Ask any physician who has implemented an EMR whether he or she could benefit from additional training and you are likely to get an affirmative response. Training is usually viewed by medical practitioners as an expense rather than an investment. Since most consumer electronics are easy to use, it leads one to believe that EMRs can be learned intuitively and with a minimum of training. After all, when did you last read the manual for your latest smartphone? You just picked it up and it worked. What you could not use immediately you learned over time through a slow process of diffusion, or because your teenage son or daughter provided a tutorial.
Why is training so important? And can you forecast your training needs so that the costs become more predictable and you are able to build them into your practice budget?
The following diagram represents the level of effort that is required when transitioning through the various stages of EMR adoption and use.
- In the pre-EMR phase, paper processes are used dominantly. Little effort is required to use long tried and tested methods for documentation, orders and prescriptions.
- Readiness preparation results in an intense burst of effort for a period of time until the practice is ready for implementation.
- The implementation phase is one in which there is the greatest disruption to the practice. New systems are installed, old workflow is re-engineered to accommodate the EMR, and for a period of 6–12 weeks there is an intense effort with a loss of productivity as practice members learn how to use the technology.
- From that point onwards, the practice is dependent on the EMR and information technology in order to deliver care... indefinitely. Each time a new feature is introduced, or a practice begins to use a specific capability of the EMR, more training is required.
Training can be provided in a number of ways:
- Formal training — bringing in a vendor to provide advanced training on new features or to optimize use of existing features.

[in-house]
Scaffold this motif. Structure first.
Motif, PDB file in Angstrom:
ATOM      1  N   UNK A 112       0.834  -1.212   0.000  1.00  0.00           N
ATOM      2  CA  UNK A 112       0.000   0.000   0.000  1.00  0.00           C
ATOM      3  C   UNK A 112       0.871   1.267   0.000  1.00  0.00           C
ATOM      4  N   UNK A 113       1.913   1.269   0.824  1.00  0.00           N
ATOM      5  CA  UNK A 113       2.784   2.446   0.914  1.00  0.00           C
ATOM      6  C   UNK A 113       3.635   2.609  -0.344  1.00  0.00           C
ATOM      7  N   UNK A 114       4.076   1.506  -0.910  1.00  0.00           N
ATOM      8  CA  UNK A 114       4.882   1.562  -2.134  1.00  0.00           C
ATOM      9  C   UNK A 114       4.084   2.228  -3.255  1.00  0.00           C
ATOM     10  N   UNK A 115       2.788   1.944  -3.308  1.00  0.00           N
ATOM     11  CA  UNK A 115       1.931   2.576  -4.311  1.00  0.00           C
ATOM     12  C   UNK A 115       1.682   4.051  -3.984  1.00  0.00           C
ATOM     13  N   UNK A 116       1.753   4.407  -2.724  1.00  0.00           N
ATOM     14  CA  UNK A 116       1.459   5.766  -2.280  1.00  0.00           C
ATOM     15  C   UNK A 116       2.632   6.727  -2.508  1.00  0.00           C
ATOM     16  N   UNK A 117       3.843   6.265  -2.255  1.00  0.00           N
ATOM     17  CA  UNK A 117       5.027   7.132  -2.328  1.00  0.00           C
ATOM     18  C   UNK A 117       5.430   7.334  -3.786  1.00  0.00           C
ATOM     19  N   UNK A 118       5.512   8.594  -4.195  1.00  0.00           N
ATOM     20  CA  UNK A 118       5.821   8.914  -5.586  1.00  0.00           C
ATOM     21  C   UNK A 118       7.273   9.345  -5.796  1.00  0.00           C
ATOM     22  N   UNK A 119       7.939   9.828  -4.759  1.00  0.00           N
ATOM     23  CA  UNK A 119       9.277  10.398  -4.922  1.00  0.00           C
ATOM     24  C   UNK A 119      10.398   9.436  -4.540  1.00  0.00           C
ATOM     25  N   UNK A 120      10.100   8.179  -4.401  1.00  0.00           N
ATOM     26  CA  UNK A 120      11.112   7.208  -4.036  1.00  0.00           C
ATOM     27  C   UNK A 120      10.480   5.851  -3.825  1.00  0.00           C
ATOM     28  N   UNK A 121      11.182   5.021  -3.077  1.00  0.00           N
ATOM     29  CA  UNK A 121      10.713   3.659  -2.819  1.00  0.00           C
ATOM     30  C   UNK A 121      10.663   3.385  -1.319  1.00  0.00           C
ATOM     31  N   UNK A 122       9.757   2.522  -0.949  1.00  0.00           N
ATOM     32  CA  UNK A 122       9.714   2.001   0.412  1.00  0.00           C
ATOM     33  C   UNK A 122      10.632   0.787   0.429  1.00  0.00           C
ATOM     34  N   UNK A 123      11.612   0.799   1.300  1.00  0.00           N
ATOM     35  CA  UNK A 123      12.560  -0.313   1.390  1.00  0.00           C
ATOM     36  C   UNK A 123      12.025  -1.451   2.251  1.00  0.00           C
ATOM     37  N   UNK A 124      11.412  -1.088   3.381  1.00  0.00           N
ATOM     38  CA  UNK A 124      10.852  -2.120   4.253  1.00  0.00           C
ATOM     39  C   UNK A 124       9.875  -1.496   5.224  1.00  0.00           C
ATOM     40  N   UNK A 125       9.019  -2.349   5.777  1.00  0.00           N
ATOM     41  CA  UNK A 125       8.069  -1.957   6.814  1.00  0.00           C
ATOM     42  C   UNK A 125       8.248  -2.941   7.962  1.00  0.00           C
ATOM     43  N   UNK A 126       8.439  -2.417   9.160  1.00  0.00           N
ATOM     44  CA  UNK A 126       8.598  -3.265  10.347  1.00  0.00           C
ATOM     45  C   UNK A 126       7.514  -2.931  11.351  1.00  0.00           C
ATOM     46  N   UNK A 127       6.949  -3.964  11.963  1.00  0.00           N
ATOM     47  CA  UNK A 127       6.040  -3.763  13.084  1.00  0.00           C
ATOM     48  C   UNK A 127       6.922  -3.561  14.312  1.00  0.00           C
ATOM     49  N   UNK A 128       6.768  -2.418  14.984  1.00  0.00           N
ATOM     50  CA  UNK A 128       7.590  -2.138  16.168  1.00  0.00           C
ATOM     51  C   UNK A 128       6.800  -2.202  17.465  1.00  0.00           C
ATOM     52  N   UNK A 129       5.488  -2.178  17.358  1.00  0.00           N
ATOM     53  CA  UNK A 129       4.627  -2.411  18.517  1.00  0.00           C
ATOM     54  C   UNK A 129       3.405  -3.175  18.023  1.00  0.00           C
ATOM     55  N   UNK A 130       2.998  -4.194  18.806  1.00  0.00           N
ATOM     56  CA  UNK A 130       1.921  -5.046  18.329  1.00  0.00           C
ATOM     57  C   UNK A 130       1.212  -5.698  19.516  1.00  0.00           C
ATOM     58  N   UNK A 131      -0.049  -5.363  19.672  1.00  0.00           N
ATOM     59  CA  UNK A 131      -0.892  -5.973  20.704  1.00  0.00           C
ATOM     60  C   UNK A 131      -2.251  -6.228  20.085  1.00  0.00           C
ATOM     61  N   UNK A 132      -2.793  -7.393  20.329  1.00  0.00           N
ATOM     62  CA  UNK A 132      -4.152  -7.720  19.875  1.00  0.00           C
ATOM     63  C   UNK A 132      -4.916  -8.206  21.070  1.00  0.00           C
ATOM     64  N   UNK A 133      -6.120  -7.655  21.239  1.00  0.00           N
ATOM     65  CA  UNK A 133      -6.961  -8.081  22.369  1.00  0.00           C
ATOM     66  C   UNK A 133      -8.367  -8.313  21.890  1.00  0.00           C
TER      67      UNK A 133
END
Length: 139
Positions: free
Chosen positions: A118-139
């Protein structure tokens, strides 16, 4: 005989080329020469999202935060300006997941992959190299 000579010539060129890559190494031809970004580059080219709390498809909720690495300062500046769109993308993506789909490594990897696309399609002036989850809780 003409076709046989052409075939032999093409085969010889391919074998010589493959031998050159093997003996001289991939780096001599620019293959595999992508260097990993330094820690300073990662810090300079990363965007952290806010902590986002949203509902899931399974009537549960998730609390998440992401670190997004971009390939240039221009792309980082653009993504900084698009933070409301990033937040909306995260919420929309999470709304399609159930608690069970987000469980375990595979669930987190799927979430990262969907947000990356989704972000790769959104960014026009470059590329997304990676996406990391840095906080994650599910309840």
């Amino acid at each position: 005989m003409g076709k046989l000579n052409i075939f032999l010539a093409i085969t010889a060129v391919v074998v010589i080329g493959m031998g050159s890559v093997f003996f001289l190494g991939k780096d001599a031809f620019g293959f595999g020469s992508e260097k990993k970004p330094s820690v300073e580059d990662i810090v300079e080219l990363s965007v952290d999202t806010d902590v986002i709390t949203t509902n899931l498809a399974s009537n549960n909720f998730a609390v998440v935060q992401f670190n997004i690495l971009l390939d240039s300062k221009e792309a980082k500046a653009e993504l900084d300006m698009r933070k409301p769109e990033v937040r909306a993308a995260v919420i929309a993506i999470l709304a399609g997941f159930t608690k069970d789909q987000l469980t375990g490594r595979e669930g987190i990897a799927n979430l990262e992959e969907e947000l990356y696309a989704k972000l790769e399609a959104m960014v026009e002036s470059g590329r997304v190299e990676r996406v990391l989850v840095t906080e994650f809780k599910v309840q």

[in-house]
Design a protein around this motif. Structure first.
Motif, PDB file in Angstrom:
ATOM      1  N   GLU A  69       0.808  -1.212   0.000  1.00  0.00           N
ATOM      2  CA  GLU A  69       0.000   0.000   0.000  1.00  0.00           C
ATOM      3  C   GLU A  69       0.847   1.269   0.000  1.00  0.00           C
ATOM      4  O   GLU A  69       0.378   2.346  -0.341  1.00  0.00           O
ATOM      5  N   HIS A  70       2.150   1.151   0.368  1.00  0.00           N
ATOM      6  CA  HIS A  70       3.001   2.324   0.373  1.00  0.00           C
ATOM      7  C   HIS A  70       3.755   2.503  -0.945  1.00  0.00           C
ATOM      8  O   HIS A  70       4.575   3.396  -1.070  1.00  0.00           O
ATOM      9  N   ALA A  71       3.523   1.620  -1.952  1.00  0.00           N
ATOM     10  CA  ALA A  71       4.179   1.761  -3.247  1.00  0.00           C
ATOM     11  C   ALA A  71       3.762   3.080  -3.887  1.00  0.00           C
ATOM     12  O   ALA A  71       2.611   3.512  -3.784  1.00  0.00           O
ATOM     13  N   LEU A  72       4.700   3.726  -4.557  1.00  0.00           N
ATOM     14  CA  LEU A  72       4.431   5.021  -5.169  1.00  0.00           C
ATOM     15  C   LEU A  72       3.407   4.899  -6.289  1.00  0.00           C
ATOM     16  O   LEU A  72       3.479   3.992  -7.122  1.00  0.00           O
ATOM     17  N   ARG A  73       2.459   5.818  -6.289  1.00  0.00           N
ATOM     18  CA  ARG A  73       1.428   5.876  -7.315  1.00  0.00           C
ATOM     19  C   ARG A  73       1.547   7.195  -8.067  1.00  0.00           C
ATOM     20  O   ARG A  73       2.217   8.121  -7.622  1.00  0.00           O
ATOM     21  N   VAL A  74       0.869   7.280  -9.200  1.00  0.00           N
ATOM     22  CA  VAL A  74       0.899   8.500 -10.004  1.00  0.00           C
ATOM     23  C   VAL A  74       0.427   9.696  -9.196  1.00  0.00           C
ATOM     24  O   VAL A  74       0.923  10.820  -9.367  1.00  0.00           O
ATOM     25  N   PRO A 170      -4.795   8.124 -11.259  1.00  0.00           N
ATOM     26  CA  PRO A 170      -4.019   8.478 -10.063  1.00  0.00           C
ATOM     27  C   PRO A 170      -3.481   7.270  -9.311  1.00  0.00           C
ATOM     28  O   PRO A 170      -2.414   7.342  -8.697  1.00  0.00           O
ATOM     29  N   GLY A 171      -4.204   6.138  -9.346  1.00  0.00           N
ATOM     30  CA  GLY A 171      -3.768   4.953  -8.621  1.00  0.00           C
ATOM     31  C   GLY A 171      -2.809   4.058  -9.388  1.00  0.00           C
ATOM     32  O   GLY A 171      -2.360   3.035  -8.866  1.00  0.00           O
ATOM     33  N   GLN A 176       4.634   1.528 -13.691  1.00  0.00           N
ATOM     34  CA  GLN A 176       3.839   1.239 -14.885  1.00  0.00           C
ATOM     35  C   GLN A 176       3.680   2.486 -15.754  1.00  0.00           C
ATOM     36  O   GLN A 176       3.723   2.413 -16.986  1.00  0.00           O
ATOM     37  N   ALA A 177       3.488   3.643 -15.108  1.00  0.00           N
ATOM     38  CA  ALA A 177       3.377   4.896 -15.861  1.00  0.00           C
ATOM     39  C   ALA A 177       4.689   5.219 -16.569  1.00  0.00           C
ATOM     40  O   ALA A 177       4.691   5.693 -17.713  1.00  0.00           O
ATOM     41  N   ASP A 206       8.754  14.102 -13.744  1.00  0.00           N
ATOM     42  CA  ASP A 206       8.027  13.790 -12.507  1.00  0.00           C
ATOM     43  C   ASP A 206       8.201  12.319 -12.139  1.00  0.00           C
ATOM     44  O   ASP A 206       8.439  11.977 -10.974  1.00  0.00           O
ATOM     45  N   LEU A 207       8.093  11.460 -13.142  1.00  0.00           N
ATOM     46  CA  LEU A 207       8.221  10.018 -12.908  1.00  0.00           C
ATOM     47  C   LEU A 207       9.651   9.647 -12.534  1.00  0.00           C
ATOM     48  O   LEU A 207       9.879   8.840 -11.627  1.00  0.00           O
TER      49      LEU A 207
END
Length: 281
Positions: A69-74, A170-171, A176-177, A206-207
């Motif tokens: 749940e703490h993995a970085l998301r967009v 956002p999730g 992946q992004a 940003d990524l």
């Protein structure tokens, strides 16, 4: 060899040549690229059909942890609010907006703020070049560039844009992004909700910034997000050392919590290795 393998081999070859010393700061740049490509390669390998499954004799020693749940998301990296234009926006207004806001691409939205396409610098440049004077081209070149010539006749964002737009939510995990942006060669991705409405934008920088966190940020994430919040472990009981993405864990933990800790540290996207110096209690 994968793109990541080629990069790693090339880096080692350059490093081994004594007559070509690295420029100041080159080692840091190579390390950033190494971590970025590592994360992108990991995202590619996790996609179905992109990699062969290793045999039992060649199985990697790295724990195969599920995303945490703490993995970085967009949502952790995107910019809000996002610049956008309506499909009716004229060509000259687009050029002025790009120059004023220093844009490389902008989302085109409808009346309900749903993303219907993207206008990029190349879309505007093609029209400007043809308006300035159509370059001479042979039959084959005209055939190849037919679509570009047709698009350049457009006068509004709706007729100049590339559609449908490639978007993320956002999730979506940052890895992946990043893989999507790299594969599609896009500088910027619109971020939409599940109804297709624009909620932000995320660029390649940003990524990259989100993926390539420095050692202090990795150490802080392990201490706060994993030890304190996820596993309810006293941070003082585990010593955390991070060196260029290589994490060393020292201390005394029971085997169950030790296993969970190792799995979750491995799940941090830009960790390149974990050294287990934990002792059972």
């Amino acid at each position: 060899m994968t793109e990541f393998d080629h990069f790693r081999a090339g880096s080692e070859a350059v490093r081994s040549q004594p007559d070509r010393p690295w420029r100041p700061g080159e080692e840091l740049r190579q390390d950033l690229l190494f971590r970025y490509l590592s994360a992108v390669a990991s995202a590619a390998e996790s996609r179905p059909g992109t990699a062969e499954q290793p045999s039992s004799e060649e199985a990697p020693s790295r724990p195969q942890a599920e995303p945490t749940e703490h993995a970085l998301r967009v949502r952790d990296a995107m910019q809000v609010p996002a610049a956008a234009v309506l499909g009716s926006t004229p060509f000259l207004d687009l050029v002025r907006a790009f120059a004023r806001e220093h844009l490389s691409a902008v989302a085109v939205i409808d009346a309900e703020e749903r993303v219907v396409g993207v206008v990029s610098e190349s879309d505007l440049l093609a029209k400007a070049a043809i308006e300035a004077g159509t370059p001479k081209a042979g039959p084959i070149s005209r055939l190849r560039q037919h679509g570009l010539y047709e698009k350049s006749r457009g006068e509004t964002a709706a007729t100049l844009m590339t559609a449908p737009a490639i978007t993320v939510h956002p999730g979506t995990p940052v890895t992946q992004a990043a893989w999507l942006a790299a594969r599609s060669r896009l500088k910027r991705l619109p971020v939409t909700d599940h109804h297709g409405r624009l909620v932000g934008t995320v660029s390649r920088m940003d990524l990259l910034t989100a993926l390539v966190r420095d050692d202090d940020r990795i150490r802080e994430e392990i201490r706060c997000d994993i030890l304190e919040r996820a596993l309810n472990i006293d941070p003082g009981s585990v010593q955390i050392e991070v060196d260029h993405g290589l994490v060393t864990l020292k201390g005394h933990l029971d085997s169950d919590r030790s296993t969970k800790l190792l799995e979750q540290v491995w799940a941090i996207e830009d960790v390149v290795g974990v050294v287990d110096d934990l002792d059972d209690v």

- Super users who are trained to provide support and assistance to clinicians and staff through on-site expertise.
- Small group learning — getting together with peers in order to share tips and learn from others.
- Online learning modules provided by the vendor or through online training sessions and webinars.
Ensure that someone in your practice is required to review new features when your EMR system is updated. The EMR vendor usually provides advance notice of any needed upgrade and will publish a list of updates and enhancements. If possible, this individual should have some clinical experience in order to provide appropriate updates to other members of the practice with respect to features that are going to be of greatest value. If you are using an ASP- or Cloud-based EMR system, updates can be more complex to monitor, as the EMR may be regularly updated without a report every time a small enhancement is made.
If you have super users in your practice, make sure that they attend vendor training sessions on a regular basis and are given adequate time to improve and maintain their EMR skills. This expertise will provide invaluable onsite knowledge in the event that someone from your practice needs assistance.
Finally, make sure that you have a process for training new clinicians and staff. Staff and clinician turnover is an inevitable part of running a practice; however, many practices fail to train new staff members to use the EMR and assume that these individuals will gradually figure it out. This approach can be costly and time consuming, particularly when data is incorrectly stored in the wrong section of an EMR. A 30-minute guerrilla program can be developed to provide basic EMR orientation, but these individuals all require some form of ongoing training to ensure they are utilizing the EMR correctly.
If you have any additional experiences or insights regarding training that you would like to share, click on the “Comments” link below.